The rising power needs to concentrate its finite resources on its core region. If superfluous resources are consumed outside the region, the rising power will encounter considerable peril—especially when the rising power hasn’t achieved a dominant position within its primary region.

China, as a rising power, should try to avoid triggering a joint offensive position between the US, Japan and India.

When faced with Washington, Tokyo, and New Delhi, Beijing’s best bet is combining its efforts of deterrence and incentives toward neighboring countries. I think it may seek a breakthrough in its diplomacy with Japan in this regard. India is harder to cope with because it is a stronger regional competitor.

The “strength gap” between China and Japan is widening, just as the threat Japan poses to China is waning. In contrast, India, an emerging power like China, believes its comprehensive strengths are approaching China’s step by step. Thus, its perception of China as a threat is different from Japan’s. Therefore, India’s motivation to contain China is stronger than Japan’s.

In this regard, China should invest its chief strategic resources in East Asia, and also expand them strategically in South Asia. Seeking support from regional small and medium powers, and managing surrounding core areas well can help China’s rise.

This will help China realize an effective strategic position over the US, Japan and India.

When checking and balancing a rising power, is there a divergence over the goals between a hegemonic player and regional actors?

There must be a difference. The hegemonic leader usually pursues strategic goals of maintaining dominance in a unipolar structure. It typically plays a zero-sum game with the rising power. Although the vast Pacific Ocean is big enough to accommodate both China and the US, it hardly contains two dominant powers. Other competitive powers, including US allies in the region generally set more flexible goals.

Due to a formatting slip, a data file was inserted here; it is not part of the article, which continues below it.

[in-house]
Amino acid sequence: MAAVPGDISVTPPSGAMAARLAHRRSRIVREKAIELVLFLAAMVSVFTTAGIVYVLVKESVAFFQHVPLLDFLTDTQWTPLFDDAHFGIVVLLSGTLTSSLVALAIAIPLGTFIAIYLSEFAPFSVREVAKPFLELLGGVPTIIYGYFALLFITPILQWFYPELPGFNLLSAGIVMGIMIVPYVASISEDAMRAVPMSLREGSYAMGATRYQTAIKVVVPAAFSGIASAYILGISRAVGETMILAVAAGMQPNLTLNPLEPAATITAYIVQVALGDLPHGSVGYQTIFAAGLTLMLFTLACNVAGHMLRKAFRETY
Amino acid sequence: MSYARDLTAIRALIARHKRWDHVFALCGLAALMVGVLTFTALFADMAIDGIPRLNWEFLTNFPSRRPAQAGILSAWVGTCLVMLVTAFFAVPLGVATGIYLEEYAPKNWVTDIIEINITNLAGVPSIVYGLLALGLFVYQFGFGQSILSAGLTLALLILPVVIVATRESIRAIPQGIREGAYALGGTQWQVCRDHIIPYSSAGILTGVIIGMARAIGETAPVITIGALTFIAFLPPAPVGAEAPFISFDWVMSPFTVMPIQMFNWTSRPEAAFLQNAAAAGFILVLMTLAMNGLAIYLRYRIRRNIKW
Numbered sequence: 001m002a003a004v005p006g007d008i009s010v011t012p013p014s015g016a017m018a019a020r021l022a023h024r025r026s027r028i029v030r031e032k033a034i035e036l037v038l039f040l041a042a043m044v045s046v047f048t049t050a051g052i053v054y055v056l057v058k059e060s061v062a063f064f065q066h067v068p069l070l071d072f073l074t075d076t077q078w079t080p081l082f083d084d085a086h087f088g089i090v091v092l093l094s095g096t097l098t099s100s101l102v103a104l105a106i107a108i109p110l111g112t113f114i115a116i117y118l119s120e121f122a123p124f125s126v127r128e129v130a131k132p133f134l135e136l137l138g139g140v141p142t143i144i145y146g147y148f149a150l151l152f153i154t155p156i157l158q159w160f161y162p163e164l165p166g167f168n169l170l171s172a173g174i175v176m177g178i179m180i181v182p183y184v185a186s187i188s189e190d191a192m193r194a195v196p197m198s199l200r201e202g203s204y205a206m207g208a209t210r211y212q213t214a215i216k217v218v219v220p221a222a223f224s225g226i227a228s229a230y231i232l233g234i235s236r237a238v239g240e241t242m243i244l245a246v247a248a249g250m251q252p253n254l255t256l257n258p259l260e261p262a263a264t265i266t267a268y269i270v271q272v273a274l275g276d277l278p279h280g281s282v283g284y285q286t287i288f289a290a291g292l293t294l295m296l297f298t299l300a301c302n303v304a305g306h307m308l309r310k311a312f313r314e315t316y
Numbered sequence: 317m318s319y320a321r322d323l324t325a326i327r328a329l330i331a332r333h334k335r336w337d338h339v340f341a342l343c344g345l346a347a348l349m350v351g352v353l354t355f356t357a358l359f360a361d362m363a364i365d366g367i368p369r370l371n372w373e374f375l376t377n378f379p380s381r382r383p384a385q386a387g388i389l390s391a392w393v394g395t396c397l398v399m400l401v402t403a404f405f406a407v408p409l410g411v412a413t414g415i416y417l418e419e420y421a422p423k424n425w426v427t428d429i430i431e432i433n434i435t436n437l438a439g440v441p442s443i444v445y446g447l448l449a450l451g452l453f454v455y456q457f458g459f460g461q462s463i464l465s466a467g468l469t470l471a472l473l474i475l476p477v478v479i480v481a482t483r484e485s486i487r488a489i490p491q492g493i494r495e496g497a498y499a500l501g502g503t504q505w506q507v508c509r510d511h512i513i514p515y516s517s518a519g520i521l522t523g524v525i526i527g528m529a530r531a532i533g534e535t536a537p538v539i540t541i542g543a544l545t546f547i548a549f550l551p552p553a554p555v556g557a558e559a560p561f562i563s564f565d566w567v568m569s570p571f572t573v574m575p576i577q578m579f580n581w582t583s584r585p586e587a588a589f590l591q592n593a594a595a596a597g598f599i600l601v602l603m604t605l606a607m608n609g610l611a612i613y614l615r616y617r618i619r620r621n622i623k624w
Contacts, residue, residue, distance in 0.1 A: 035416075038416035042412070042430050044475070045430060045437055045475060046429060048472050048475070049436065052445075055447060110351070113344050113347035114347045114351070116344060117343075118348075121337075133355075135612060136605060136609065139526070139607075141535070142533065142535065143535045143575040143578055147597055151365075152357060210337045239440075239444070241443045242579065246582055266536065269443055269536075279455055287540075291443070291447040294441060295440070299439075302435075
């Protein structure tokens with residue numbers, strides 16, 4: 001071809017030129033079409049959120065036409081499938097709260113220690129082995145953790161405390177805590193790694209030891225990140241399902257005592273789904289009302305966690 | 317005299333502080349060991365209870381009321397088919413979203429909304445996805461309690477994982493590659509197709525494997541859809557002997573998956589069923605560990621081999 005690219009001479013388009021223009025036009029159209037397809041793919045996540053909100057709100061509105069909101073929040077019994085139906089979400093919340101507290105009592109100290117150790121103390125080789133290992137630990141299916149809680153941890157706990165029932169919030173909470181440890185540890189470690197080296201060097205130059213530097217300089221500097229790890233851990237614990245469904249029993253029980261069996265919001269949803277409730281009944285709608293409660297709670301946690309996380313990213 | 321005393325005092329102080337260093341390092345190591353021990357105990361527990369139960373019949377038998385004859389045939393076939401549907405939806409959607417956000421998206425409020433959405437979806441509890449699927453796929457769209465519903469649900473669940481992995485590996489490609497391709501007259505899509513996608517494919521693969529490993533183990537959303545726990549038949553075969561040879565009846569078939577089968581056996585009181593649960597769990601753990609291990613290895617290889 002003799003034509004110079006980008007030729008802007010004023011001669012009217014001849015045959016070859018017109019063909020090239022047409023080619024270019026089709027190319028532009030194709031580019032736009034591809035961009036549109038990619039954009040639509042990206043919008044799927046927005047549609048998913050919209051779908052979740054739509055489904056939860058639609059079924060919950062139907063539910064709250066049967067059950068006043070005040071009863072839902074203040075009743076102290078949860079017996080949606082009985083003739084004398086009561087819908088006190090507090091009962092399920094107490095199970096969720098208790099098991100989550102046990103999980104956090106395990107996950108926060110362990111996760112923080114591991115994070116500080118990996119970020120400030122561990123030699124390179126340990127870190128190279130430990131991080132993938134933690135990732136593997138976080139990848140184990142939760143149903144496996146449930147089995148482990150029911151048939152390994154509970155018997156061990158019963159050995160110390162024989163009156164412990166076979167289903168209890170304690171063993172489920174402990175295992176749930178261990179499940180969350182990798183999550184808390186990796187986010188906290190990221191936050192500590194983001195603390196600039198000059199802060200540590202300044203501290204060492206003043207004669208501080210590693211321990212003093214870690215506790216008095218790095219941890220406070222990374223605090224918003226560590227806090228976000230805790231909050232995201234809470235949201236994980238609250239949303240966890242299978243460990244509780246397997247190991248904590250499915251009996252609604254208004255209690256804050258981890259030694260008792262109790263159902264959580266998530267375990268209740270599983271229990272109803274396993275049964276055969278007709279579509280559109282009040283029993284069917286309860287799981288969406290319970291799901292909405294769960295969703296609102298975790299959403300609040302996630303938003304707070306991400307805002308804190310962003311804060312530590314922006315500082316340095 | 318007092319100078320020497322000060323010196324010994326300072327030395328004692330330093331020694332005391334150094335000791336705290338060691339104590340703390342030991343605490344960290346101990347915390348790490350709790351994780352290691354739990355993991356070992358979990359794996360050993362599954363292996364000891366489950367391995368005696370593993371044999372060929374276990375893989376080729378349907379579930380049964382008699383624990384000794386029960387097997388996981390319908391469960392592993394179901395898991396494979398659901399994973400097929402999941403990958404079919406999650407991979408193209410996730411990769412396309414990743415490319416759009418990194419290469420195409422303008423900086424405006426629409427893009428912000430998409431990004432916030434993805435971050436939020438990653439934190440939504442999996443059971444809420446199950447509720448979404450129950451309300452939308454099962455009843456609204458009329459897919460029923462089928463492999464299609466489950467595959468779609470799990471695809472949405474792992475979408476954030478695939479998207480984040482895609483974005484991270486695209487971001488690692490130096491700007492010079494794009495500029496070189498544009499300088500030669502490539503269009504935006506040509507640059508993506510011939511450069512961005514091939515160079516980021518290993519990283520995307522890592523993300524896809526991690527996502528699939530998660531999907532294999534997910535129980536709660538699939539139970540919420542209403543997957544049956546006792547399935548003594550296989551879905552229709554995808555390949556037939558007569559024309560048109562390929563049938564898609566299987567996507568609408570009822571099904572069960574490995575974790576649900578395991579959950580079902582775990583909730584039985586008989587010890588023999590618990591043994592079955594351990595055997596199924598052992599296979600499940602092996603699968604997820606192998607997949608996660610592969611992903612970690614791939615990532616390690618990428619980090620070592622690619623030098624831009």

When competitive regional powers hope to dominate the regional order – this is what India intends to achieve, and what Japan wanted to fulfill— their goal of counterbalancing the rising power is the same as that of the hegemon.

In this scenario, the local powers will swing between Washington and Beijing for advantages with “wait and see” stances. Within the powerful vortexes of a bipolar world, these regional states will hedge their bets.

The principal challenge that China faces in its rise comes from its game with the US. This challenge is further intensified by regional competitors – which the US did not arguably have in its ascent to global dominance.

Therefore, China needs to pay more attention to its surrounding regions. For example, the Belt and Road Initiative should also involve more Southeast Asia.

From the perspective of China’s internal affairs, China’s reunification is a prerequisite for China’s rise. There is an alliance agreement between the US and Taiwan. Taiwan is US’ most important card. Once reunification is achieved, this will mean a virtual showdown of match between China and the US. The result could be either a complete rise of China or a complete halt to its rise.

In the course of China’s rise, many have said it is conducting “wolf-warrior diplomacy.” The tag is not accurate, as China has only responded more positively and directly to some countries, including the US and its allies. China’s foreign strategy toward neighboring countries and African countries has been relatively soft and flexible – and which cannot be summed up with a simplistic saying of “wolf-warrior.”

(In association with Global Times)